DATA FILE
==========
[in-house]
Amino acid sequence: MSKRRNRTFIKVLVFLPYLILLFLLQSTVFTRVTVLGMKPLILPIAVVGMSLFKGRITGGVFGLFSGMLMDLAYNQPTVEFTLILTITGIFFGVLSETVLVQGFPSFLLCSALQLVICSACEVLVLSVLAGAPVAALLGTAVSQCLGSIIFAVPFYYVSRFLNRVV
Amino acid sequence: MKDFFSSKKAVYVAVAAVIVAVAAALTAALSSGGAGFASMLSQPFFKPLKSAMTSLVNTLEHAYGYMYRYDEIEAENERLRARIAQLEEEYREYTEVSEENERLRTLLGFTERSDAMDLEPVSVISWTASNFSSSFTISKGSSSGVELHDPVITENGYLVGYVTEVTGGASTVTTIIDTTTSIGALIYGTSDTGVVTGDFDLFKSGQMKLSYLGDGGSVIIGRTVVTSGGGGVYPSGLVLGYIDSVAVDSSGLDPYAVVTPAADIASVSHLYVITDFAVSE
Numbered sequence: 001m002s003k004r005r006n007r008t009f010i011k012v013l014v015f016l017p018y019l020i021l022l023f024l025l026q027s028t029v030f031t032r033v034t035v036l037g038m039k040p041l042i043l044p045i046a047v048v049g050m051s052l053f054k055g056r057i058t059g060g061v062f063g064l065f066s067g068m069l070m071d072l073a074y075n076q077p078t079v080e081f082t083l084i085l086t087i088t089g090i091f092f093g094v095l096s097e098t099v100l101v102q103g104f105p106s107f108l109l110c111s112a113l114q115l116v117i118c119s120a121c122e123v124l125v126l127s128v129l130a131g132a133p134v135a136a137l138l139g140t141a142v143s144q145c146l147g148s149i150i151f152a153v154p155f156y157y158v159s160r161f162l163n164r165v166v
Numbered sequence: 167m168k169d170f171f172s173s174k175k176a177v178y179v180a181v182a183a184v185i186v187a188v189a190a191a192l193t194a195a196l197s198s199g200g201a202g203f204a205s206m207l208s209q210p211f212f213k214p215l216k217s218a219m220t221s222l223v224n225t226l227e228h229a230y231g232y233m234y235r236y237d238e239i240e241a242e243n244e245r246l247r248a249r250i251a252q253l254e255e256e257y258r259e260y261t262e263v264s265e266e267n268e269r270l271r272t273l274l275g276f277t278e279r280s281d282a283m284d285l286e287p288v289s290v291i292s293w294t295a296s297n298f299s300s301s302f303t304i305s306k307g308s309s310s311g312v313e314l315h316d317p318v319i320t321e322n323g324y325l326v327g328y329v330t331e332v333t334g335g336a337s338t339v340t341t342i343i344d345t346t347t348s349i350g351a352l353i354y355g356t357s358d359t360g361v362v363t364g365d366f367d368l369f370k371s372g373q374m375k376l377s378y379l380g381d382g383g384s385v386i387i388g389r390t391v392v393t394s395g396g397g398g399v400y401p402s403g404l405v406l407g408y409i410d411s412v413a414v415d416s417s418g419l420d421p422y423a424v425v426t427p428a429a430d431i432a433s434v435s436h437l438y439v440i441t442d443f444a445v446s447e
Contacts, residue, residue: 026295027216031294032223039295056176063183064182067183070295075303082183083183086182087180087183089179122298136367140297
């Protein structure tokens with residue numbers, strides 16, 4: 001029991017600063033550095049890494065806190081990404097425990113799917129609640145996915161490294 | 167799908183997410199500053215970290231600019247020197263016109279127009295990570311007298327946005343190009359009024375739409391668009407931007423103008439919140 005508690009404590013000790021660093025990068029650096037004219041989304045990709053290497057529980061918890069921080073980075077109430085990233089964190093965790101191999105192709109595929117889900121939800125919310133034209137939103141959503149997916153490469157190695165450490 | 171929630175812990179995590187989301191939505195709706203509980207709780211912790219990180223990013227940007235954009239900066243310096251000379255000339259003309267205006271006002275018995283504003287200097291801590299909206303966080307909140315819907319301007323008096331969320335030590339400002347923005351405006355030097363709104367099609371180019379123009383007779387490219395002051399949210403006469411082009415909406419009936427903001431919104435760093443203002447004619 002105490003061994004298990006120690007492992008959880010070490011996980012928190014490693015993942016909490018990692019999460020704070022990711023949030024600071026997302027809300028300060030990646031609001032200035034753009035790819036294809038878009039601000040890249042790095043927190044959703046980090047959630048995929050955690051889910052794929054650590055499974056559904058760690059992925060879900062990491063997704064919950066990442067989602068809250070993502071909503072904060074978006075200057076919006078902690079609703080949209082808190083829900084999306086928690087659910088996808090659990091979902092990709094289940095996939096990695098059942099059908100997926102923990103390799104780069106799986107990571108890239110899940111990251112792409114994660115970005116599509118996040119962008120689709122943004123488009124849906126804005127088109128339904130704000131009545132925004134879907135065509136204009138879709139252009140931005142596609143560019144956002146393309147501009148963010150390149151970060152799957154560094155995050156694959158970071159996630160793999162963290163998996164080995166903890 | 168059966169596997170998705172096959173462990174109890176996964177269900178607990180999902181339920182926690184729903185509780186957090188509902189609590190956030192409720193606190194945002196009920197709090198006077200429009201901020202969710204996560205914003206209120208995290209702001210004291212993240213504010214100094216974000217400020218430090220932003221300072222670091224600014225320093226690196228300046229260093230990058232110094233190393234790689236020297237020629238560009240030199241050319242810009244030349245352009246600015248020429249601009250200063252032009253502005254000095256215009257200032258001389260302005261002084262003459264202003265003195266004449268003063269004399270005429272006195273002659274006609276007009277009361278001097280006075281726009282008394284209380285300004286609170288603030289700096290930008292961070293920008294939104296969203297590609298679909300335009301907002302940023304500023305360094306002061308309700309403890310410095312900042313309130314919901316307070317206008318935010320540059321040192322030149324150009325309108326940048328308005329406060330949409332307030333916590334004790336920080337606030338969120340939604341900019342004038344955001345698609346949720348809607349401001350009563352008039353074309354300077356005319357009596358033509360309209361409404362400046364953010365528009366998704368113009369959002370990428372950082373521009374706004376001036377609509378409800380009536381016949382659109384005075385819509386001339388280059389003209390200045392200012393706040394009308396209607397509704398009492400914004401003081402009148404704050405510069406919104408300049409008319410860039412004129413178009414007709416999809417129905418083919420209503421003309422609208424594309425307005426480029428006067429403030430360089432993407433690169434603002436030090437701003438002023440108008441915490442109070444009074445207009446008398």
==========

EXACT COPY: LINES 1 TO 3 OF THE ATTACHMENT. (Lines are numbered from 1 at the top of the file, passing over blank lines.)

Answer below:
[in-house]
Amino acid sequence: MSKRRNRTFIKVLVFLPYLILLFLLQSTVFTRVTVLGMKPLILPIAVVGMSLFKGRITGGVFGLFSGMLMDLAYNQPTVEFTLILTITGIFFGVLSETVLVQGFPSFLLCSALQLVICSACEVLVLSVLAGAPVAALLGTAVSQCLGSIIFAVPFYYVSRFLNRVV
Amino acid sequence: MKDFFSSKKAVYVAVAAVIVAVAAALTAALSSGGAGFASMLSQPFFKPLKSAMTSLVNTLEHAYGYMYRYDEIEAENERLRARIAQLEEEYREYTEVSEENERLRTLLGFTERSDAMDLEPVSVISWTASNFSSSFTISKGSSSGVELHDPVITENGYLVGYVTEVTGGASTVTTIIDTTTSIGALIYGTSDTGVVTGDFDLFKSGQMKLSYLGDGGSVIIGRTVVTSGGGGVYPSGLVLGYIDSVAVDSSGLDPYAVVTPAADIASVSHLYVITDFAVSE